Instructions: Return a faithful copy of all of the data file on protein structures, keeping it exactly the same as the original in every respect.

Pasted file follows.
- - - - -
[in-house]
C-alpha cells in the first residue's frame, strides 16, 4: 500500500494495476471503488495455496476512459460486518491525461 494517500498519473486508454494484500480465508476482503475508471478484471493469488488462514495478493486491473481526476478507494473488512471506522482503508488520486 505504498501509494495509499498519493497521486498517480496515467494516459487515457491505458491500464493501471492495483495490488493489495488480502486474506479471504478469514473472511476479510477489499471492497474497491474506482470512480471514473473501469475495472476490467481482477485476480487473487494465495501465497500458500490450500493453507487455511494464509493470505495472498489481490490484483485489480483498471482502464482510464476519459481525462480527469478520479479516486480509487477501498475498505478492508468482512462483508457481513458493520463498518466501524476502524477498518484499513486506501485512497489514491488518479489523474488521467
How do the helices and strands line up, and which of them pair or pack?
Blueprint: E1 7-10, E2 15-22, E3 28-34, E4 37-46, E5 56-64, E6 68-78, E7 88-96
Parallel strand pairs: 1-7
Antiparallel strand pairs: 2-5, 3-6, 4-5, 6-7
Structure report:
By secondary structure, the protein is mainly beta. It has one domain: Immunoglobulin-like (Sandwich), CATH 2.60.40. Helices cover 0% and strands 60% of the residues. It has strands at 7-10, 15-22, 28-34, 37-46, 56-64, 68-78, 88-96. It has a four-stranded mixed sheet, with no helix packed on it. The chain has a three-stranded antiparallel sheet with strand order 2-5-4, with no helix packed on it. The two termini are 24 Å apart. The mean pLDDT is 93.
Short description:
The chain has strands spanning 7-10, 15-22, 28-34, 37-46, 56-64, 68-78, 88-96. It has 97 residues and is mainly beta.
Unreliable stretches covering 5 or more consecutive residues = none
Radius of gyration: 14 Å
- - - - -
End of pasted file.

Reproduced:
[in-house]
C-alpha cells in the first residue's frame, strides 16, 4: 500500500494495476471503488495455496476512459460486518491525461 494517500498519473486508454494484500480465508476482503475508471478484471493469488488462514495478493486491473481526476478507494473488512471506522482503508488520486 505504498501509494495509499498519493497521486498517480496515467494516459487515457491505458491500464493501471492495483495490488493489495488480502486474506479471504478469514473472511476479510477489499471492497474497491474506482470512480471514473473501469475495472476490467481482477485476480487473487494465495501465497500458500490450500493453507487455511494464509493470505495472498489481490490484483485489480483498471482502464482510464476519459481525462480527469478520479479516486480509487477501498475498505478492508468482512462483508457481513458493520463498518466501524476502524477498518484499513486506501485512497489514491488518479489523474488521467
How do the helices and strands line up, and which of them pair or pack?
Blueprint: E1 7-10, E2 15-22, E3 28-34, E4 37-46, E5 56-64, E6 68-78, E7 88-96
Parallel strand pairs: 1-7
Antiparallel strand pairs: 2-5, 3-6, 4-5, 6-7
Structure report:
By secondary structure, the protein is mainly beta. It has one domain: Immunoglobulin-like (Sandwich), CATH 2.60.40. Helices cover 0% and strands 60% of the residues. It has strands at 7-10, 15-22, 28-34, 37-46, 56-64, 68-78, 88-96. It has a four-stranded mixed sheet, with no helix packed on it. The chain has a three-stranded antiparallel sheet with strand order 2-5-4, with no helix packed on it. The two termini are 24 Å apart. The mean pLDDT is 93.
Short description:
The chain has strands spanning 7-10, 15-22, 28-34, 37-46, 56-64, 68-78, 88-96. It has 97 residues and is mainly beta.
Unreliable stretches covering 5 or more consecutive residues = none
Radius of gyration: 14 Å